Leo R

It's been a while since I have surfed those glassy waves that hit the Hawaiian coast early in the morning, when the wind is not yet blowing and I still remember vividly my very first time there. Probably like most of you, I wasn't really a pro surfer (and I haven't become one either), however, before I took my very first trip to Hawaii I was dreaming of it and I have to say it was nothing short of what my dream looked like. The first thing that caught my attention when I landed on the island of Maui was its size. We all look at the map before we take a plane to go somewhere new and those islands looked very, very small on the map. I didn't quite realise beforehand that they appeared to be so small, just because they are in 1000+ square miles of Pacific Ocean and with so much ocean around them, everything looks small.

In my dream, those islands were much smaller and I could walk everywhere while on the islands; in reality it would take me a solid hour to drive across the island on a motorcycle I rented (a proper BMW motorcycle, not a moped). Before I ventured to the hall-of-fame pro-surfer spots like Jaws, I decided to take some lessons and play it safe for once. There was no shortage of surf instructors in Lahaina harbour and no shortage of cool people to meet so I rented a softy (aka a board that is shaped like a mini malibu and has a soft top) and headed to the water.


The area of Lahaina harbour is great for beginners because it has long waves that come in relatively slow sets, so you have time to paddle out and catch the right wave for your skills. Fortunately, Lahaina is a sandy spot so if you end up under water hitting the bottom, you don't get shredded like parmesan cheese - which is what you risk when the spot you are surfing has plenty of rocks or corals underwater. These waves look small but if you're coming from the Mediterranean as I was, you’ll be surprised how hard they hit your legs when the water is just above your knees.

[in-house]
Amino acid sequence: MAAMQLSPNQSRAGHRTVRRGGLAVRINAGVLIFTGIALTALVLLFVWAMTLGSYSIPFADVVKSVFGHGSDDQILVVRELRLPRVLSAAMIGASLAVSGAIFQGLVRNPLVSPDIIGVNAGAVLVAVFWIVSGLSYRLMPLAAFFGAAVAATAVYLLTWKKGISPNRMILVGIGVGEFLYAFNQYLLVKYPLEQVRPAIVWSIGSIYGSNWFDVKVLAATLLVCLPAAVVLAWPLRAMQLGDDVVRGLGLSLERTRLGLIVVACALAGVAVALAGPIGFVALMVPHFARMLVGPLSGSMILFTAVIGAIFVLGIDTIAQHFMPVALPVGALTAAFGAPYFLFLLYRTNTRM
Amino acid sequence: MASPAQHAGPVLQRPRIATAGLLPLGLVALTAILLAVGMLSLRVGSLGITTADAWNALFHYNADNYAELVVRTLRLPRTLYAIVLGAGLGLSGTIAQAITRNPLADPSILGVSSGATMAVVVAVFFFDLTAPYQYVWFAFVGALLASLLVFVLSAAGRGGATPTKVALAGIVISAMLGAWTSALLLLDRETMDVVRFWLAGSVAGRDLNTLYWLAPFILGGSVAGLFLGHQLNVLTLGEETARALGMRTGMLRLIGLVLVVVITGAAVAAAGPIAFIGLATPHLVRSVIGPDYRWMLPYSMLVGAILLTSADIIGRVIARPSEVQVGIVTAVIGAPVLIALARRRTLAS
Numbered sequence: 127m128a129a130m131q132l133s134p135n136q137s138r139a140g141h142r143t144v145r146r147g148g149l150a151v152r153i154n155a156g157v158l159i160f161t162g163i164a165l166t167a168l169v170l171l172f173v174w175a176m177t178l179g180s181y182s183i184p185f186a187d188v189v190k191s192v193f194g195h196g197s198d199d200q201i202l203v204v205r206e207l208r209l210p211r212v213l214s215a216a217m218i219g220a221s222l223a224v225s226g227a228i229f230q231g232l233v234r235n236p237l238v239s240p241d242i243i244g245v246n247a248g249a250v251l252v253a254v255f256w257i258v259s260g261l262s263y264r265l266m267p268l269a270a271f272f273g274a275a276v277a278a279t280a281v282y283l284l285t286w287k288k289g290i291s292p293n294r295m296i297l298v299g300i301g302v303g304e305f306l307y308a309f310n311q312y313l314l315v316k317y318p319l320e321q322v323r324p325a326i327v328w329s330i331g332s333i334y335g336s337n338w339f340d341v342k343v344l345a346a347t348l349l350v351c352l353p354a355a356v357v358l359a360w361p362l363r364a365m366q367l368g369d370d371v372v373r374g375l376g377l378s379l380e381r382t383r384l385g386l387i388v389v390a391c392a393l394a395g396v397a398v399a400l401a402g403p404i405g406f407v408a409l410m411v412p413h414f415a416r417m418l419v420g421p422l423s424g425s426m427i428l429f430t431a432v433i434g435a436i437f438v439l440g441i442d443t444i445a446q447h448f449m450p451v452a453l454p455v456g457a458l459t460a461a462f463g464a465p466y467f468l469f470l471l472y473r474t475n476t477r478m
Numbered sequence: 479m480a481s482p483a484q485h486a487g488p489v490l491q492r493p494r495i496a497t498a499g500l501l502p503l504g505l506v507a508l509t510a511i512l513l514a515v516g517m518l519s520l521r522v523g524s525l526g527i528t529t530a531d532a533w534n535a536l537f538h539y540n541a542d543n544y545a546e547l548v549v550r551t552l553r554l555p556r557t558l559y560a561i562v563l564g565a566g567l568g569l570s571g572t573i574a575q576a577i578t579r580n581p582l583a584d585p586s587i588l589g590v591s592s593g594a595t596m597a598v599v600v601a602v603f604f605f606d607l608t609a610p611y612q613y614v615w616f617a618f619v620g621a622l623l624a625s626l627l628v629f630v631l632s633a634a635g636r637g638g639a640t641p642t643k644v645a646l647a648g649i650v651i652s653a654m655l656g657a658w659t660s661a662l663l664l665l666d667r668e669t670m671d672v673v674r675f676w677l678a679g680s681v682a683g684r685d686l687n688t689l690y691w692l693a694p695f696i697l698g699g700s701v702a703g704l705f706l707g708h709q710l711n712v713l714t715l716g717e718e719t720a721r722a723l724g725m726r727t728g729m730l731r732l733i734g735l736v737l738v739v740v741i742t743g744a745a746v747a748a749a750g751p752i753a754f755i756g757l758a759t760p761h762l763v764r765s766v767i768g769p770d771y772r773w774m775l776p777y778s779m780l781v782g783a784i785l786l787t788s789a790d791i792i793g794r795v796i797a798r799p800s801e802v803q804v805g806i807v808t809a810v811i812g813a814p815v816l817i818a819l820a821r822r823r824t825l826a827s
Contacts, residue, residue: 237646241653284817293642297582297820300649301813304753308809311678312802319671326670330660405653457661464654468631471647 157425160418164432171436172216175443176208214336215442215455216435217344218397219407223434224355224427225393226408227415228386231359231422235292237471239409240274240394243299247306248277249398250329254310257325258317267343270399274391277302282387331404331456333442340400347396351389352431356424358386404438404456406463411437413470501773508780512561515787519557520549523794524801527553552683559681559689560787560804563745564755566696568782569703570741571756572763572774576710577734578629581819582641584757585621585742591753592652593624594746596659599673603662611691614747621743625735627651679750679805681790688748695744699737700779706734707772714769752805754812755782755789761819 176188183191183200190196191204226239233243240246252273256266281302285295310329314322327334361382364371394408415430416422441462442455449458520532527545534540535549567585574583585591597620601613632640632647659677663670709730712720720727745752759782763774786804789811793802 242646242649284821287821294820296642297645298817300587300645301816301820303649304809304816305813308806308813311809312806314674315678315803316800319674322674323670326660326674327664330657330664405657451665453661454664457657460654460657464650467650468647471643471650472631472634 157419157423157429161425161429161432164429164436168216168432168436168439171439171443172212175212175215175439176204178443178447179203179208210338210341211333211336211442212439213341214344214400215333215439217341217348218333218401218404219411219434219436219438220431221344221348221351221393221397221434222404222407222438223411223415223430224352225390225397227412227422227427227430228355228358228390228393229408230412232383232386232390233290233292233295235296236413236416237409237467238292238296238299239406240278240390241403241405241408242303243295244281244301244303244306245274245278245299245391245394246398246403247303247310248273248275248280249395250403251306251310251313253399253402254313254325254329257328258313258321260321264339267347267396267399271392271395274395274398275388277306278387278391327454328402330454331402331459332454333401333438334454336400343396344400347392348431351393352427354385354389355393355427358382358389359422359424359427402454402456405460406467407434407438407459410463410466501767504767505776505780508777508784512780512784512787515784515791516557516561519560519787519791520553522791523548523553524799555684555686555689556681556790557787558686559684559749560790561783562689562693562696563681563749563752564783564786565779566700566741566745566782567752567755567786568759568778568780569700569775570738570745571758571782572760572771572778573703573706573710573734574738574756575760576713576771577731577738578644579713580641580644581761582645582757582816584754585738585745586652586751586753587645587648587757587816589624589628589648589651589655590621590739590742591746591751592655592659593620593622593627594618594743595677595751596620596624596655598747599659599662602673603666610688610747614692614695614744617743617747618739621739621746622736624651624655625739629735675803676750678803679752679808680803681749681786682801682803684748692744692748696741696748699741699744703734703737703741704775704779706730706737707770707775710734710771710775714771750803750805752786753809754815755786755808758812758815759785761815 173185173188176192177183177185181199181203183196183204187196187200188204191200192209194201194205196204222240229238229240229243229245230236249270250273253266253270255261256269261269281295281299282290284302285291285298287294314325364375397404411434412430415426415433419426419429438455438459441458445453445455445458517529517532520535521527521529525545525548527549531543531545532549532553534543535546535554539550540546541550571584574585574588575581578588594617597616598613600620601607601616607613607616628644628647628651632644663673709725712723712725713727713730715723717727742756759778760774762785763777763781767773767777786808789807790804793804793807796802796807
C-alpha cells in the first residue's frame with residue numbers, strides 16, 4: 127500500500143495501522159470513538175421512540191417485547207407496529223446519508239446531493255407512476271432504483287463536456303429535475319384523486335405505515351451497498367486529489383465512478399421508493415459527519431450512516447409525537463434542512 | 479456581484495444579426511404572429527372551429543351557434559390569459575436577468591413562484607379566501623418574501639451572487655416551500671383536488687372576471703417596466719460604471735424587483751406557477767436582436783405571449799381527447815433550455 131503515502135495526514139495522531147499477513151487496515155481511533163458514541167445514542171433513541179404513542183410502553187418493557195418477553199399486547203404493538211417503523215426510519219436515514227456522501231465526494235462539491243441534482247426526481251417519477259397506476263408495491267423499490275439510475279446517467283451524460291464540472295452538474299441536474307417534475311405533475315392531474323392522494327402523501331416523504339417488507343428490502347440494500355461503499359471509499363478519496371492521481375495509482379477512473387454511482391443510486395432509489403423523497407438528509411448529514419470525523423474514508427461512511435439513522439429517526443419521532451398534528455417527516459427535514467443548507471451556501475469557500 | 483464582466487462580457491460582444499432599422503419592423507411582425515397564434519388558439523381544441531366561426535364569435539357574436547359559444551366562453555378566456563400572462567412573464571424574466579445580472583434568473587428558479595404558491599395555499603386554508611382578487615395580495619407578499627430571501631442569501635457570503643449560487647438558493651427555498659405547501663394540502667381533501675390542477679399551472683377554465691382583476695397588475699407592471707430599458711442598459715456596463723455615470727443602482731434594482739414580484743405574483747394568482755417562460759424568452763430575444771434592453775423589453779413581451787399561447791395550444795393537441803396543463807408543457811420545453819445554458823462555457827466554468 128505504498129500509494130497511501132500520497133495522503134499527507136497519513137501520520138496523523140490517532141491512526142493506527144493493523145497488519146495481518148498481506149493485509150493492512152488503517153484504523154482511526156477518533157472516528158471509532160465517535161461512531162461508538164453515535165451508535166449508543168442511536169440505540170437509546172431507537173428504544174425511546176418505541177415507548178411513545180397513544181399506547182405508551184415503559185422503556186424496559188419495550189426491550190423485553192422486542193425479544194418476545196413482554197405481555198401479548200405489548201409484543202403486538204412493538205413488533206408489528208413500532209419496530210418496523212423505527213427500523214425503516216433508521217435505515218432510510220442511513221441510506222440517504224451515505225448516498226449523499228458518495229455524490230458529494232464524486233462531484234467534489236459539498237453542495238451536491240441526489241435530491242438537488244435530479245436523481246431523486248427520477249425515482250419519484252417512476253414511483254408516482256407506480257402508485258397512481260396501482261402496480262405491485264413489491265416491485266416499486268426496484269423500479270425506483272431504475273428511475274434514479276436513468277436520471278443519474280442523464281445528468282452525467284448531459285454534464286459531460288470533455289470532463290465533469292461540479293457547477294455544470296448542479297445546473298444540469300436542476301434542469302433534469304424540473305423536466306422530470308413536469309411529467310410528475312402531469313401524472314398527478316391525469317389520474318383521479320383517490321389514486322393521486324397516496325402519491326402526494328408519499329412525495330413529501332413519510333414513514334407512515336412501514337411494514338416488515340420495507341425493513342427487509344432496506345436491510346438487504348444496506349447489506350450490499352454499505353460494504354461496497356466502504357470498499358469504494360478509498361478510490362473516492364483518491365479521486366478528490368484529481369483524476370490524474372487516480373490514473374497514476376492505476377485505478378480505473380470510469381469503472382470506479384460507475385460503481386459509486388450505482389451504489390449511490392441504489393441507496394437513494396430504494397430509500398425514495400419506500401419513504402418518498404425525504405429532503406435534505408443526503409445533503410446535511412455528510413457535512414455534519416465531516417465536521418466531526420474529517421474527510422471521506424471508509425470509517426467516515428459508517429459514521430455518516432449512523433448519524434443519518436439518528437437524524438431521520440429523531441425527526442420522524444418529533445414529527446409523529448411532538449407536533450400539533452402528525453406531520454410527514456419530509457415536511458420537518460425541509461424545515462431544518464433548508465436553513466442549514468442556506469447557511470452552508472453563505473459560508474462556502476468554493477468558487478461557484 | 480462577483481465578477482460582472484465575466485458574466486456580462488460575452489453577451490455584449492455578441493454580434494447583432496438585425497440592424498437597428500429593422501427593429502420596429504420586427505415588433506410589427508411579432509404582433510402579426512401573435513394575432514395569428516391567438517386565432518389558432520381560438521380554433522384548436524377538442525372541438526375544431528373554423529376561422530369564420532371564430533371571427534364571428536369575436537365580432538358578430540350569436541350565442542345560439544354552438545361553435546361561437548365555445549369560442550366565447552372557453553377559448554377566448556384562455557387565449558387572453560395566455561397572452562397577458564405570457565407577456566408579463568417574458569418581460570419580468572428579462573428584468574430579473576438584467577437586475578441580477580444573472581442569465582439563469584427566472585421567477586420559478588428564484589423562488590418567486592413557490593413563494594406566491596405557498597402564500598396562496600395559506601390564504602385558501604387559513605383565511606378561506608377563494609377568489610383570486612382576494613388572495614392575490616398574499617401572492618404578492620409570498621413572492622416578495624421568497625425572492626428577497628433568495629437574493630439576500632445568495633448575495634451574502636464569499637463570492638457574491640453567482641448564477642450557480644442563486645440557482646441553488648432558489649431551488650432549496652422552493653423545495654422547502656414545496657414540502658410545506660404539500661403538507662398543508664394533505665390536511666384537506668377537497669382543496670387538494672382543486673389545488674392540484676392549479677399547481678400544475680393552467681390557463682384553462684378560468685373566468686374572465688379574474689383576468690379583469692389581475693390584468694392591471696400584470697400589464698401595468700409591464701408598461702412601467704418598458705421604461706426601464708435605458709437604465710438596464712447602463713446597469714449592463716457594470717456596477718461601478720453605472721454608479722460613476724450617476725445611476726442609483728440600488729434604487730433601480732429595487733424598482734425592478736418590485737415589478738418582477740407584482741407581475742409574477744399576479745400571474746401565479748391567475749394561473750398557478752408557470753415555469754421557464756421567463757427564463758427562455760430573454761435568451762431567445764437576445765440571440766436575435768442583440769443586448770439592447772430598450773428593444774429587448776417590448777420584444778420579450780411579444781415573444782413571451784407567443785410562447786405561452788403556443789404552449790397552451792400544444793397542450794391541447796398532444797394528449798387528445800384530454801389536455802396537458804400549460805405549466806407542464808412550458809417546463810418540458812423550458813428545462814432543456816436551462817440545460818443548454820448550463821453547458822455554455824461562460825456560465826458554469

The surf on the other hand was great and soon I discovered another spot called Hookipa. This spot is on the north side of the island of Maui, not far from Jaws. (...yes, if you are thinking about Jaws the movie, I think they have something in common!) Hookipa became famous as one of the best spots for windsurfing on the planet and it's there that I had the pleasure (and honour, I should say) to assist one of Robbie Naish's windsurfing sessions. Watching Waterman, Robbie Naish windsurfing on those big waves made it [windsurfing] look like anyone could do it nonchalantly sipping a cup of coffee. Not really! Ultimately, Hookipa was a bit of a rough experience for me as a beginner but very rewarding as my skills picked up the pace.

If you want to try bigger waves like I did, but play it safe at the same time, you can opt for a body board rather than a surf board. You'll have a lot more fun and will be sure to catch more waves.

Blog article and images courtesy of Leo Rodriquez, Travel Writer. Image source: I Stock

The views, opinions and positions expressed by the author and those providing comments are theirs alone, and are meant as travel inspiration only. They do not reflect the opinions of Cover-More Insurance. You should always read the terms available from your travel insurance provider to understand the limits, exclusions and conditions of your policy and to ensure any activities you undertake are covered by your policy.